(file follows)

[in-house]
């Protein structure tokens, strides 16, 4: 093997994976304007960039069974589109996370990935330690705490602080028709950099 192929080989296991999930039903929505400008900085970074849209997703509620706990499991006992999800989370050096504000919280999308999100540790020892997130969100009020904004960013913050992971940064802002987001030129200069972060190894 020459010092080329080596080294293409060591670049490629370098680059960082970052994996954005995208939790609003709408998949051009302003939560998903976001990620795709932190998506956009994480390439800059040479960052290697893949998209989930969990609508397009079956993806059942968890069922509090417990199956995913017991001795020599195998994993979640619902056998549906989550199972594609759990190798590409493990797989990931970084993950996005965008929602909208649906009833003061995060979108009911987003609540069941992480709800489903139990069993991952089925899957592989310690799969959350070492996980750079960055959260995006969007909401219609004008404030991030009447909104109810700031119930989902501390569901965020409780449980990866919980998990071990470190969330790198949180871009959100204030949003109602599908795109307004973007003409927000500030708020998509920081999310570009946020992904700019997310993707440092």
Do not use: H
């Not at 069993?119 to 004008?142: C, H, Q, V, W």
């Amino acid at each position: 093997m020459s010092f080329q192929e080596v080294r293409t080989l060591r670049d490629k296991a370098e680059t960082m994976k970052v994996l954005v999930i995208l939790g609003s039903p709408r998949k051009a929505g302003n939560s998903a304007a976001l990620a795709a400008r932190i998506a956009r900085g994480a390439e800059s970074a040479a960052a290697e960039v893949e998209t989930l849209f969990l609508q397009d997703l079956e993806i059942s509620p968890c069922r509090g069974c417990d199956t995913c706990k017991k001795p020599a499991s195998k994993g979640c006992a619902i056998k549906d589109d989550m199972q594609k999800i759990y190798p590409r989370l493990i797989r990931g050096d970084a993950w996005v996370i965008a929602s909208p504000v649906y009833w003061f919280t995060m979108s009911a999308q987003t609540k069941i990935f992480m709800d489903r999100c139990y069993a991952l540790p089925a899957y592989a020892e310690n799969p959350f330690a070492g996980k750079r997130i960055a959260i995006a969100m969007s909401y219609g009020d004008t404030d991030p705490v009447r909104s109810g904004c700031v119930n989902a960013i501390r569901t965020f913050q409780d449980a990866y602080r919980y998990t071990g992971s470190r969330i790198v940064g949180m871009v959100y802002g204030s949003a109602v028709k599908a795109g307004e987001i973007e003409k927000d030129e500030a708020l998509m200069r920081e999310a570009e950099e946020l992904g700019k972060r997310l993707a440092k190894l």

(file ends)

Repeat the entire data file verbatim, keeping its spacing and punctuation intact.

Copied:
[in-house]
């Protein structure tokens, strides 16, 4: 093997994976304007960039069974589109996370990935330690705490602080028709950099 192929080989296991999930039903929505400008900085970074849209997703509620706990499991006992999800989370050096504000919280999308999100540790020892997130969100009020904004960013913050992971940064802002987001030129200069972060190894 020459010092080329080596080294293409060591670049490629370098680059960082970052994996954005995208939790609003709408998949051009302003939560998903976001990620795709932190998506956009994480390439800059040479960052290697893949998209989930969990609508397009079956993806059942968890069922509090417990199956995913017991001795020599195998994993979640619902056998549906989550199972594609759990190798590409493990797989990931970084993950996005965008929602909208649906009833003061995060979108009911987003609540069941992480709800489903139990069993991952089925899957592989310690799969959350070492996980750079960055959260995006969007909401219609004008404030991030009447909104109810700031119930989902501390569901965020409780449980990866919980998990071990470190969330790198949180871009959100204030949003109602599908795109307004973007003409927000500030708020998509920081999310570009946020992904700019997310993707440092």
Do not use: H
């Not at 069993?119 to 004008?142: C, H, Q, V, W």
């Amino acid at each position: 093997m020459s010092f080329q192929e080596v080294r293409t080989l060591r670049d490629k296991a370098e680059t960082m994976k970052v994996l954005v999930i995208l939790g609003s039903p709408r998949k051009a929505g302003n939560s998903a304007a976001l990620a795709a400008r932190i998506a956009r900085g994480a390439e800059s970074a040479a960052a290697e960039v893949e998209t989930l849209f969990l609508q397009d997703l079956e993806i059942s509620p968890c069922r509090g069974c417990d199956t995913c706990k017991k001795p020599a499991s195998k994993g979640c006992a619902i056998k549906d589109d989550m199972q594609k999800i759990y190798p590409r989370l493990i797989r990931g050096d970084a993950w996005v996370i965008a929602s909208p504000v649906y009833w003061f919280t995060m979108s009911a999308q987003t609540k069941i990935f992480m709800d489903r999100c139990y069993a991952l540790p089925a899957y592989a020892e310690n799969p959350f330690a070492g996980k750079r997130i960055a959260i995006a969100m969007s909401y219609g009020d004008t404030d991030p705490v009447r909104s109810g904004c700031v119930n989902a960013i501390r569901t965020f913050q409780d449980a990866y602080r919980y998990t071990g992971s470190r969330i790198v940064g949180m871009v959100y802002g204030s949003a109602v028709k599908a795109g307004e987001i973007e003409k927000d030129e500030a708020l998509m200069r920081e999310a570009e950099e946020l992904g700019k972060r997310l993707a440092k190894l």